Apple's new iPhones need something extra
To get jaded -- or price-conscious -- consumers excited again, CEO Tim Cook will have to take a huge gamble.
According to The New York Times and other sources, the Cupertino, Calif., tech company tomorrow will unveil a new, improved iPhone with a faster processor along with a lower-cost version. Expectations for these new products are high on Wall Street. Shares of Apple, which have surged 20% in the past two months, traded up on Monday morning, breaking above $500 once again.
Sentiment, though, can quickly turn sour if the new iPhones don't wow investors because the company has a tough road ahead. As The Times noted, "many people already own a smartphone and are not upgrading to new devices as often as before." The problem is that many iPhone users find their existing devices to be "good enough" to meet their needs.
Apple is trying to get consumers who say that to open their wallets in two ways. First is the "wow factor," offering features that are so cool that even users who aren't early adopters have to have them. The improved iPhone is said to have a better camera flash along with a fingerprint scanner for enhanced security. Perhaps Apple is betting that users will find the feature handy for e-commerce. According to Apple Insider, the new iPhone may look different than older models by sporting a home button with a silver ring around it.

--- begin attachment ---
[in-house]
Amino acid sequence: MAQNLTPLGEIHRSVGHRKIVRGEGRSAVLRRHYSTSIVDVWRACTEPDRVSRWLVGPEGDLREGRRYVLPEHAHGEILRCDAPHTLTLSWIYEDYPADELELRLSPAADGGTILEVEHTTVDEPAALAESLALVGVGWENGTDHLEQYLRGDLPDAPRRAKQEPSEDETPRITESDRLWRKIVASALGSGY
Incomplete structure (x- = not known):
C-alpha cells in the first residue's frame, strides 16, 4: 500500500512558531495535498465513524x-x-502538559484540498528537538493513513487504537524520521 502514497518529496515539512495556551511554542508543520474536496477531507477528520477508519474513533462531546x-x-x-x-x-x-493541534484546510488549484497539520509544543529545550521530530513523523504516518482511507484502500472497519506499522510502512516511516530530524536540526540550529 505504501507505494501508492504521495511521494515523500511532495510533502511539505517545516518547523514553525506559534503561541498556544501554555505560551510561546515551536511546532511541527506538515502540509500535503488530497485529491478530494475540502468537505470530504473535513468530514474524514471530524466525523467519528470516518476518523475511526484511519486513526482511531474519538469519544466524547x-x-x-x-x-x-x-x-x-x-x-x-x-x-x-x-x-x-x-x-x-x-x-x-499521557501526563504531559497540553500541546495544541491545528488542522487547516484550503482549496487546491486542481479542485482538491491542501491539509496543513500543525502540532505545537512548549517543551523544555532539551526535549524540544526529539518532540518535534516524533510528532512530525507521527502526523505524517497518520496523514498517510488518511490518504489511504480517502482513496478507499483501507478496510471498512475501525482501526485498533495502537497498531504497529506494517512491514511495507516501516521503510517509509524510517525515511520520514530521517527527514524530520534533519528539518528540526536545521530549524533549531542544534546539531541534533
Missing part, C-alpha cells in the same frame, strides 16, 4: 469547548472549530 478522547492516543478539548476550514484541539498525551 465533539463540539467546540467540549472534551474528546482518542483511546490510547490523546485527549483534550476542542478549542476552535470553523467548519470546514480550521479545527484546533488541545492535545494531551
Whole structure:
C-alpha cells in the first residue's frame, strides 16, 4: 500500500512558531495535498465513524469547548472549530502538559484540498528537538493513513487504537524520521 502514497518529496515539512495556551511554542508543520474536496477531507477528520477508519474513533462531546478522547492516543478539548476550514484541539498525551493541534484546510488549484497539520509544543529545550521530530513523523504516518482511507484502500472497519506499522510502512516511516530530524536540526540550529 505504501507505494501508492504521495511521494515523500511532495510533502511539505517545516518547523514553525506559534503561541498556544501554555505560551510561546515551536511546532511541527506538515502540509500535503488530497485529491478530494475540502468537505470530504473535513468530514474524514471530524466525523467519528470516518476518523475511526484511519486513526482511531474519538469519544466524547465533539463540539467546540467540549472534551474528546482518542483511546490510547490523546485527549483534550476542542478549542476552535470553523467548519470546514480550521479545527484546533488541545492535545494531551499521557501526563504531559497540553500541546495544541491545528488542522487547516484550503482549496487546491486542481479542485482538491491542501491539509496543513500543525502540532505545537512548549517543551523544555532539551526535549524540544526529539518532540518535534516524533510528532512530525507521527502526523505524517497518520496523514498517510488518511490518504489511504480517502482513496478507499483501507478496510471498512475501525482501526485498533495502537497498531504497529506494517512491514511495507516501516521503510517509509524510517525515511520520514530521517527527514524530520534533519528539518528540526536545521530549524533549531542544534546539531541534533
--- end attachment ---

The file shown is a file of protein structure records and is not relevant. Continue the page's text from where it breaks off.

Apple is also appealing to frugal consumers who consider it to be an aspirational brand by launching a cheaper model, possibly called the 5C. But Gartner analyst Anshul Gupta recently warned of the 5C's potential for "cannablization" of sales of the pricier model, likely called the 5S. And as phones running Google's (GOOG) Android phones get cheaper, "it's getting harder for buyers to justify the premium price tag on iPhones," ZDNet says.
The Times noted that the low-cost iPhone is expected to be priced between $300 and $400, placing it among midtier smartphones. That's similar to the approach Apple took with the iPad Mini.
However, a cheaper iPhone may make it easier for Apple to increase its sales in China, the world's largest wireless market, and in other developing countries where Android has been making inroads. It also might attract what The Times calls "a subset of people in developing countries who flaunt gadgets as status symbols, like jewelry." Such individuals also surely exist in the U.S. and other developed countries.
Though "go big or go home" is a well-worn business cliché, it's true in Apple's case. "After six years of selling the same device, Apple needs to be ready to break the iPhone to remake it," according to ZDnet.
That's easier said than done. Investors better fasten their seatbelts because the ride ahead could be bumpy.
Jonathan Berr does not own shares of the listed stocks. Follow him on Twitter @jdberr.
(Meanwhile Samsung, HTC, Moto, Nokia etc - they NEVER would have thought of that - call the lawyers!)
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A basic income policy can actually ensure a decent standard of living for everyone.
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